So, I’m still unsure whether your burden of proof argument applies to Barr as well as to the four resigning prosecutors.

                Only kidding. I’m not unsure at all.

                1. Do you think Barr didn’t read it?

                  Sentencing hearing seems to indicate there was no lying.

                  1. No, I dont think Barr saw it. He’s said he didn’t see it – also that he’s not a Twitterette and never looks at tweets unless someone draws them to his attention. And I’ve seen no evidence, to date, that contradicts him.

                    It is perfectly possible (and consistent with Barr not lying) that somebody in the DoJ who had seen the sentencing recommendation contacted Barr and said “WTF, we’ve recommended 7-9 for Stone ? I thought we’d agreed to punt ? ” And Barr said “WTF right back’atcha. Find out what happened.”

                    Or maybe the somebody had just seen the Trump tweet and inititiated the same conversation without mentioning that his information had come from the tweet. Or maybe somebody who saw the tweet talked to somebody else who talked to Barr. There are zillions of ways that Barr could have found out about the recommendation without having seen the Trump tweet.

                    Presumably Trump, or his tweet-bot, had to get the info from somewhere and that somewhere could have been the source directly or indirectly of Barr’s knowledge. The notion that Barr couldn’t possibly have found out other than from reading Trump’s tweet seems utterly bizarre to me.

                    As to lying, I saw a bit of a Kim Strassel article (the rest was behind a paywall) which indicated that “sources” had said that there was no lying. Instead the process was that there was a discussion, before the recommendation went in, involving Barr and O’Shea (and possibly others) which was that the Fab Four’s recommendation was way over the top and that the recommendation should be pretty much what the later “correction” said. However when O’Shea took that conclusion back to the Fab Four they threatened to resign and O’Shea had “a moment of cowardice” and caved. Hence the 7 to 9 recommendation went in.

                    It came as a surprise to Barr when he found out about it (not, according to Barr, from Trump’s tweet) and he ordered a correction. Whereupon the Fab Four resigned from the case.

                    This was a couple of days ago and I have hardly been glued to the saga, so things may have moved on. But so far I’m perfectly prepared to believe that the Fab Four didn’t lie to their bosses about their sentencing recommendation.

                    1. The DoJ at the sentencing hearing told the judge that the original sentencing recommendation was done above board. The issue was with the AG’s ‘expectations’ being miscommunicated.

                      These expectations were the deviation from the norm.
                      Lots of articles going over that exchange. Unless you think that was a lie as well.
                      The DoJ representative was one of the signatories on the second sentencing recommendation, btw.

                      Your lengthy tap dancing about what seeing on Twitter means should make you wonder why you keep having to work so hard to justify what keeps looking like lying.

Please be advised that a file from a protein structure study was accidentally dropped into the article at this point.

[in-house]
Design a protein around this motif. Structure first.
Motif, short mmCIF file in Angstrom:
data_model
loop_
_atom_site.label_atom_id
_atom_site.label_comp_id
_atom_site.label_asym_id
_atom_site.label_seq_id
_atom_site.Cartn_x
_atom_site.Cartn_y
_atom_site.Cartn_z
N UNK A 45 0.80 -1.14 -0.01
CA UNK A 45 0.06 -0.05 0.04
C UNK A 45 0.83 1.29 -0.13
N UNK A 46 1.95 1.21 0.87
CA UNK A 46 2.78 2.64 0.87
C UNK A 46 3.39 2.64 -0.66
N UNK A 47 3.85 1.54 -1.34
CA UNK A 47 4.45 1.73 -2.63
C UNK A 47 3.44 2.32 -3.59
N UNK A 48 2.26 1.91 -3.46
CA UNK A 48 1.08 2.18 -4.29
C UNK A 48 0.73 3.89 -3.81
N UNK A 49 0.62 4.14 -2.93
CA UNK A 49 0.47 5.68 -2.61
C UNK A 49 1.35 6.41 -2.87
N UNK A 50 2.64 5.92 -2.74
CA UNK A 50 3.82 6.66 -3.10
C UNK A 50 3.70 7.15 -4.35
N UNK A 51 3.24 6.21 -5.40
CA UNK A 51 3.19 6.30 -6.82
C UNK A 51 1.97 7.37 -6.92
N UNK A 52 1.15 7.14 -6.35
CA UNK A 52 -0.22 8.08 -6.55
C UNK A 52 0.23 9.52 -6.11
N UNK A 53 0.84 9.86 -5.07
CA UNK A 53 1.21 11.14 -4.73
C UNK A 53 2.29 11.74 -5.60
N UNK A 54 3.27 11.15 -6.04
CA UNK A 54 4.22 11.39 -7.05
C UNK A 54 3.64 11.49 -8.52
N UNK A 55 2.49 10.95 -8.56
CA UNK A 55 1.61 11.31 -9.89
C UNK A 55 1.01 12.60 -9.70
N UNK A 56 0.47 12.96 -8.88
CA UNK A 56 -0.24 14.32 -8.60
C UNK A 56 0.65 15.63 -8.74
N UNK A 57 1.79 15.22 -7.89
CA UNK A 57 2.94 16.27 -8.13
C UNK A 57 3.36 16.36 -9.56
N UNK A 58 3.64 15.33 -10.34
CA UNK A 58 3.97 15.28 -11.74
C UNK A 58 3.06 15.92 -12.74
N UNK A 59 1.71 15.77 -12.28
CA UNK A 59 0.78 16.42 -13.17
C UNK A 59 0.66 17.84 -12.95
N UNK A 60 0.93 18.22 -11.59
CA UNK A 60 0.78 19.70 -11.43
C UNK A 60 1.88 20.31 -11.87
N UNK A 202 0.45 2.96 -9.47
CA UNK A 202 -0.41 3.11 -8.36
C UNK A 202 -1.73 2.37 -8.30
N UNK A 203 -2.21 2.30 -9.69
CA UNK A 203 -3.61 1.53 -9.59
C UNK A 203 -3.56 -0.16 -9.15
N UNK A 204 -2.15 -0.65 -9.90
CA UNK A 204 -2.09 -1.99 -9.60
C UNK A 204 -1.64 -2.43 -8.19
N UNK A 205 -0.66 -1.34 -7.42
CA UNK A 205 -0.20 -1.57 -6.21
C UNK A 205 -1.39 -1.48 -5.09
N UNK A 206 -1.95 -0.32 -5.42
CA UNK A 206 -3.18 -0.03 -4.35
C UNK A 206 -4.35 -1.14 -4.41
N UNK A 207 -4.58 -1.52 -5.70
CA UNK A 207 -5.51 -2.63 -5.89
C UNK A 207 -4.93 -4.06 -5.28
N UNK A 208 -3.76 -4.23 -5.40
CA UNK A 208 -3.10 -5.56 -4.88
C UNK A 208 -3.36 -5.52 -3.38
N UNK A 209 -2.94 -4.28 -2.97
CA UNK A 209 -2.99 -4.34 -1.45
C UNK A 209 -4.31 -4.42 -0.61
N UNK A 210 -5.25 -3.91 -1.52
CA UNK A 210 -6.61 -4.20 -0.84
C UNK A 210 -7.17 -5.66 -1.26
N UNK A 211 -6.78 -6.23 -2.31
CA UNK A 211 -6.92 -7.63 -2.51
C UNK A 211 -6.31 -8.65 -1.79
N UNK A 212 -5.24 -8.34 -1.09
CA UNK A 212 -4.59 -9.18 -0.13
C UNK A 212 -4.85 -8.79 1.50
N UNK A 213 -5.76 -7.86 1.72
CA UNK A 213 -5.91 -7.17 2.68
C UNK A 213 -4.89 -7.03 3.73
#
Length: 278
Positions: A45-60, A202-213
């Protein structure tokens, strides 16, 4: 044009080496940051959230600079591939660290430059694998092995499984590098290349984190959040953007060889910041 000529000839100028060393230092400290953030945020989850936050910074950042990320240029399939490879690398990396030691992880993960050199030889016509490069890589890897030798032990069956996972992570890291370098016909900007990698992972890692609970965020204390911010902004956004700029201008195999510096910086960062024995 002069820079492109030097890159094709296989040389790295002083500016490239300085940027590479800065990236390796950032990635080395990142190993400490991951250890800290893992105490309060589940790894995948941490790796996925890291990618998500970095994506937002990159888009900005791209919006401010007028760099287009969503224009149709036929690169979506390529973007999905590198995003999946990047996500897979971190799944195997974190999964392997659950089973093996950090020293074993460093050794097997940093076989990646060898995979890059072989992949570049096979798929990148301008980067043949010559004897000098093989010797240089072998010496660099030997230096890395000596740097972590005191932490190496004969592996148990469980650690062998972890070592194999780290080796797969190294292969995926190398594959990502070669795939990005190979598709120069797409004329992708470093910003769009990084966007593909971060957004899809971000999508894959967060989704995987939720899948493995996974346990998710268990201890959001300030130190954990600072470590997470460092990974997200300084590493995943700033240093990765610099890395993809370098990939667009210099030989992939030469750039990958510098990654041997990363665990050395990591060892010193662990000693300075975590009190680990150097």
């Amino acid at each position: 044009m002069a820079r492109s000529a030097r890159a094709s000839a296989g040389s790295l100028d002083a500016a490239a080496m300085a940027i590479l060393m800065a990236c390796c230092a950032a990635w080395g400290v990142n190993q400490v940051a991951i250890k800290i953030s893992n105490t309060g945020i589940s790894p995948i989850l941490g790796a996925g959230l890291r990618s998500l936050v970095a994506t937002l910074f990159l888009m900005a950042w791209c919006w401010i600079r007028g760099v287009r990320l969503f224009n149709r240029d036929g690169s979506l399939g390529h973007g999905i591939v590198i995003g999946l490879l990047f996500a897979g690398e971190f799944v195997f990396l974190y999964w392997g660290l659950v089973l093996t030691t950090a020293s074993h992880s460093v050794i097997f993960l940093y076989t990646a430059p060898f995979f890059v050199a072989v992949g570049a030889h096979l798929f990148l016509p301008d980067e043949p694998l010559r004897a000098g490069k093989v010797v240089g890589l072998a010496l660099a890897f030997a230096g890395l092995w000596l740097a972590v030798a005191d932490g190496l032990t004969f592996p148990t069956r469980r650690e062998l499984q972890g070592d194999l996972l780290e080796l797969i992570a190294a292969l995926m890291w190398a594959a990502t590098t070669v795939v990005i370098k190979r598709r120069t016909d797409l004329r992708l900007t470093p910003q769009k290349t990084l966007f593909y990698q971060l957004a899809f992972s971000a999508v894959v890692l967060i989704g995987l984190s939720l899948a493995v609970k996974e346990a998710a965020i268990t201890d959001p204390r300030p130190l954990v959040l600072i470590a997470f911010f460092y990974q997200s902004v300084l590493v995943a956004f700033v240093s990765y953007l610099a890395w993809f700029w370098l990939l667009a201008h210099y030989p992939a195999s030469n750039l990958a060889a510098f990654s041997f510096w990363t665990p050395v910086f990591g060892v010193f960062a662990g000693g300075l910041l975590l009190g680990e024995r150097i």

2. Aaaaand……Lucy pulls the football away again.

                      You’re discussing whether the Fab Four lied with other people. What you’re discussing with me is whether your burden of proof to show someone is lying applies to Barr as well, ie whether you apply your “burden” impartially. Or just when it suits you.

                      Anything in the sentencing hearing to indicate that Barr lied about not seeing the tweet ? No, thought not.

      2. Truly sad that SimonP has a reading comprehension issue.

  2. It is strange to me that you spend so much time “developing” the Jefferson comparison – feeling obliged to provide us further, irrelevant detail here – without ever making a constitutional argument from this history. That is, normally, I would expect a scholar making the point that the Constitution provides for this-that-or-other power or arrangement, when discussing some historical example like this, to make the point that contemporaneous historical practices lend us important insight into the present analysis.

    Is there a reason you don’t make that point? Is it because you neglected to do so? Or is it because you lack support for making that argument?

    Because, absent some link to the constitutional argument you purport to be making, the only function of the Jefferson example, rhetorically speaking, seems to be to minimize Trump’s abuse of power. Maybe you expect your readers to lend your argument with some credence due to Jefferson’s “prestige.”

    Strictly speaking, your only constitutional argument here seems to a bare reading of the Constitution itself, along with some cursory hand-waving about a unitary executive theory in response to critiques of your bare reading. I mean, apparently. You’re not very clear about that, either. Is that all you’ve got?

    1. The Constitutional argument is just so plain and concise that it hardly needs to be brought up: “The executive Power shall be vested in a President of the United States of America.”

      Unless there is some contrary Supreme Court case that you know of, that’s all that needs to be said.

      1. The Constitutional argument is just so plain and concise that it hardly needs to be brought up: “The executive Power shall be vested in a President of the United States of America.”